3 Ways Literacy Skills Improve Society
Although literacy skills are beneficial on an individual level—enhancing one’s psychological well-being and the knowledge one can gain from being able to read. However, literacy skills also have far-reaching effects on a societal level. The benefits are almost intuitive, but here are three societal benefits of improving literacy skills:
1. Literacy improves the safety of society
The other day there was an article about how literacy can lower the crime rate. This one statistic says it all:
“Up to 80% of incarcerated individuals are functionally illiterate; studies show that if a child reads on grade level by the end of 3rd grade, there is a 99% certainty that child will never be incarcerated; school performance, more than any other single factor, is a major contributor as to whether a youth becomes involved in drugs or violence.”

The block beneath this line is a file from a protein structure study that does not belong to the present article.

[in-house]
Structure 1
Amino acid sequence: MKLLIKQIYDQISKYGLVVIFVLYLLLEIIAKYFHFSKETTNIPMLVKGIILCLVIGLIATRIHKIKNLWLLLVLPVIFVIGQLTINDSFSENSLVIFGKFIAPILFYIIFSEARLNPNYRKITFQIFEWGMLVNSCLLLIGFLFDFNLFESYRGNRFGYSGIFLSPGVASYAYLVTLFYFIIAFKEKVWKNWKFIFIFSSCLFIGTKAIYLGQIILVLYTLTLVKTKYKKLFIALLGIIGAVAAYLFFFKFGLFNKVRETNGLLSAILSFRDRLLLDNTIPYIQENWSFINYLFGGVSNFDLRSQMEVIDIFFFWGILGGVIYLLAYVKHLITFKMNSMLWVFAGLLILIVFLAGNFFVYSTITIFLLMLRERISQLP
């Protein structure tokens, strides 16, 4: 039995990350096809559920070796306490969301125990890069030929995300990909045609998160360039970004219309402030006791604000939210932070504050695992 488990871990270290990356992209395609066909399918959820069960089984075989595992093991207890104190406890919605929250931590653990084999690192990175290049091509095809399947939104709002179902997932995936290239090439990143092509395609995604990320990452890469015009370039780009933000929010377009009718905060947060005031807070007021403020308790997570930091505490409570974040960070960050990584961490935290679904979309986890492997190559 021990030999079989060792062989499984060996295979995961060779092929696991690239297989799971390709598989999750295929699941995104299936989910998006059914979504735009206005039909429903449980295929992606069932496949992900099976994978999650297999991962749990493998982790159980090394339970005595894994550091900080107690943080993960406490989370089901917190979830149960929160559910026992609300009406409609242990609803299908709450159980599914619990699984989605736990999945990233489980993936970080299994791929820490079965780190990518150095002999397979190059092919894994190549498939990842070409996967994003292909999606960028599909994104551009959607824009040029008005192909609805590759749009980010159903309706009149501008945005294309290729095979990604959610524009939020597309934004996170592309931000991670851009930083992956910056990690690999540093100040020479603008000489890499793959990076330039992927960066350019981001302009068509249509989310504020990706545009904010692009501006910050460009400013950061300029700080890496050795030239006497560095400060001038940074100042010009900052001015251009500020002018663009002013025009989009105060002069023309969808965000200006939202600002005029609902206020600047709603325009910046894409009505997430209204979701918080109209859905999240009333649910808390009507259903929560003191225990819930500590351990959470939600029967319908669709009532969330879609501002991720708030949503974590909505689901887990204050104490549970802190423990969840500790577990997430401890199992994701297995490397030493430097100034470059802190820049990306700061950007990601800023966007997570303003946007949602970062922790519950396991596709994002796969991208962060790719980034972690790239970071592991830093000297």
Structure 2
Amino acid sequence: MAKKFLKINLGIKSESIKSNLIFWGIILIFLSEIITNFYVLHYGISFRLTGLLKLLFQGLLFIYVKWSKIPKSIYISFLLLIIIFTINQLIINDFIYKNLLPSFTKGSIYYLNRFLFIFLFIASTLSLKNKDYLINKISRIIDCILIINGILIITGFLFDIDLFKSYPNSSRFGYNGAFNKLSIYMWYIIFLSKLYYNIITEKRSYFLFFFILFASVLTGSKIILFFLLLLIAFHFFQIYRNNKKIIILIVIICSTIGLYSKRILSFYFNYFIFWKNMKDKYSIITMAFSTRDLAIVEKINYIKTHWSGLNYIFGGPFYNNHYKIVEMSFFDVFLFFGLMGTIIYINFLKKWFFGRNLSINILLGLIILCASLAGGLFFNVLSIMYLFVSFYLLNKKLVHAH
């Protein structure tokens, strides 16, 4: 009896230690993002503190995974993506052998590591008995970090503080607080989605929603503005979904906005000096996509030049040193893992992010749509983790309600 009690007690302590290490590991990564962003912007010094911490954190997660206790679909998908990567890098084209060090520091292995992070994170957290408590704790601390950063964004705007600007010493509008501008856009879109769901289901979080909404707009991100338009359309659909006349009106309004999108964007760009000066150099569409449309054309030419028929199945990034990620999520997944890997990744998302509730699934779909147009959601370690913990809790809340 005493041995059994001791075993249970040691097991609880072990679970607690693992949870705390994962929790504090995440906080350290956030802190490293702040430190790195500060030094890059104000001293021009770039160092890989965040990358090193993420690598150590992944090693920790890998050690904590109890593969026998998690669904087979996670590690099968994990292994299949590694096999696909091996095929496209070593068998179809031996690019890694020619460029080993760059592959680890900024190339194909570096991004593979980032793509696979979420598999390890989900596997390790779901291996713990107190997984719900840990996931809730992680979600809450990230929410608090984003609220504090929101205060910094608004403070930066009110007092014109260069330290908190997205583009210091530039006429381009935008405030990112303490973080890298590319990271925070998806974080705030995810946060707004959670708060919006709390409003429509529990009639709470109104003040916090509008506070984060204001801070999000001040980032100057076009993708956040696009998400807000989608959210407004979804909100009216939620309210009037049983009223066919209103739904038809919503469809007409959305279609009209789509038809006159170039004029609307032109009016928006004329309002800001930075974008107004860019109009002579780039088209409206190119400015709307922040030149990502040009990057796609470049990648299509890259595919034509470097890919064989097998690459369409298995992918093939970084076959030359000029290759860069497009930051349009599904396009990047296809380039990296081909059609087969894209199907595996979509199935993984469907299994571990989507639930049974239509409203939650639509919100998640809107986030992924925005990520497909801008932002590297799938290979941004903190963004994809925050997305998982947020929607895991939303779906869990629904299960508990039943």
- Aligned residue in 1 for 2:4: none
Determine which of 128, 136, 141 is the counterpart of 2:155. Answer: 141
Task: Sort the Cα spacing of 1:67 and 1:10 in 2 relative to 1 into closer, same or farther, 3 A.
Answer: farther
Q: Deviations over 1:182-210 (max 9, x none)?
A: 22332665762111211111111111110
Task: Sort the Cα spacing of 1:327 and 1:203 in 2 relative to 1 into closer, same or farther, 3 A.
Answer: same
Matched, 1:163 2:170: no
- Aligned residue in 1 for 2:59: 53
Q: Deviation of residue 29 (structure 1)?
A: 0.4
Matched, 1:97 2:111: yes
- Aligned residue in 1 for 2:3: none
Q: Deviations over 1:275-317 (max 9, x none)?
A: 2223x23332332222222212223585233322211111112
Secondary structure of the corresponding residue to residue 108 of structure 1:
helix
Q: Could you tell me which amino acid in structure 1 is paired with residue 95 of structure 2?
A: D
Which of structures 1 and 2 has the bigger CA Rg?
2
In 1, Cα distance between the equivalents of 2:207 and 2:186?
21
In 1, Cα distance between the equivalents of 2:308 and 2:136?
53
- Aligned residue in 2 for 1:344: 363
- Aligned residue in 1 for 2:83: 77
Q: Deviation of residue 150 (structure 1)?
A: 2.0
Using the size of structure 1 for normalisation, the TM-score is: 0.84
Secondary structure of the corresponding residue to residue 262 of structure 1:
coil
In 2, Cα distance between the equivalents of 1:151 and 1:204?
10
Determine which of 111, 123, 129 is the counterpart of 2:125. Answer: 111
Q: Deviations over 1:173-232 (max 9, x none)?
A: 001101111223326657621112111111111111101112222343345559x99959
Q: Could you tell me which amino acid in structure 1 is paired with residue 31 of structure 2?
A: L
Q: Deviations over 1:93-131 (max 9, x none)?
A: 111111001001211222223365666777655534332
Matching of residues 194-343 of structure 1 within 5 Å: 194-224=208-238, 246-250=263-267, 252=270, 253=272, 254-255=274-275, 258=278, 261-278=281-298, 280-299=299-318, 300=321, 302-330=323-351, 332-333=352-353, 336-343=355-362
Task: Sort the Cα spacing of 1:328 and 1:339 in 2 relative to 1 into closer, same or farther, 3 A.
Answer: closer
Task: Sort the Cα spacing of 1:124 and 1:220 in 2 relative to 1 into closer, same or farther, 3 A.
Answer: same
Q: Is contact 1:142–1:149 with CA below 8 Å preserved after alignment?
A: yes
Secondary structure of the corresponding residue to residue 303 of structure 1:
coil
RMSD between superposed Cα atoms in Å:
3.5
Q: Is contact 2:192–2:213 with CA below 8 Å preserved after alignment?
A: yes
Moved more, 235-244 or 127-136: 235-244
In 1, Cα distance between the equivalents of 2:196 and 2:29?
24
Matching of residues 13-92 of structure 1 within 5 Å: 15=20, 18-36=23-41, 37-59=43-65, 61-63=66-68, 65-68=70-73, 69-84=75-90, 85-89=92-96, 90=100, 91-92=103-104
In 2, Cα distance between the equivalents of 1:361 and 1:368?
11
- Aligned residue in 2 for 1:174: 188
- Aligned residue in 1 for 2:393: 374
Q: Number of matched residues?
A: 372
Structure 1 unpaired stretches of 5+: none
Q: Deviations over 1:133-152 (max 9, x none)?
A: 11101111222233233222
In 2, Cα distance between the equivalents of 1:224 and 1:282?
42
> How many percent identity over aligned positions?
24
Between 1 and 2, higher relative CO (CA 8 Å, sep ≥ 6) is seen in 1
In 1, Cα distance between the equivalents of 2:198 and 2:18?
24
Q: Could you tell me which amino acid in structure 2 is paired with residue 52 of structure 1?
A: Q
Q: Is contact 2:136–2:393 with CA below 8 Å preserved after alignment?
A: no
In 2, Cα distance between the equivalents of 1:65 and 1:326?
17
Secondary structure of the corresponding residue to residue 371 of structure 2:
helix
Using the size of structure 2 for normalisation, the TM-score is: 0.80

2. Literacy improves education success
Education success is very dependent on reading abilities. This quote from Warren Bolton emphasizes how important reading skills are for education success:
“Today in America, more than 11 million children 5 years old and younger are living in poverty. Millions of these children will arrive at their first day of kindergarten bright, eager and happy — but with deficits in their reading readiness that leave them underprepared to read and learn along with classmates sitting in the chairs beside them… Sadly, starting one step behind decreases the likelihood that those smiling, eager children will ever catch up. Despite the billions of dollars Americans have invested in reading recovery programs, those children are at increased risk for absenteeism, dropping out, juvenile delinquency, substance abuse and teenage pregnancy.”
3. Literacy improves the standard of living
In accordance with the previous two points, literacy can help improve the standard of living, as exposed in this statistic:
Only 50% of low-income 4th graders read at or above the basic level according to the Department of Education’s 2007 Nation’s Report Card.
Learn about an explicit phonics program that helps students in grades K-12 and adult learners make sense of reading.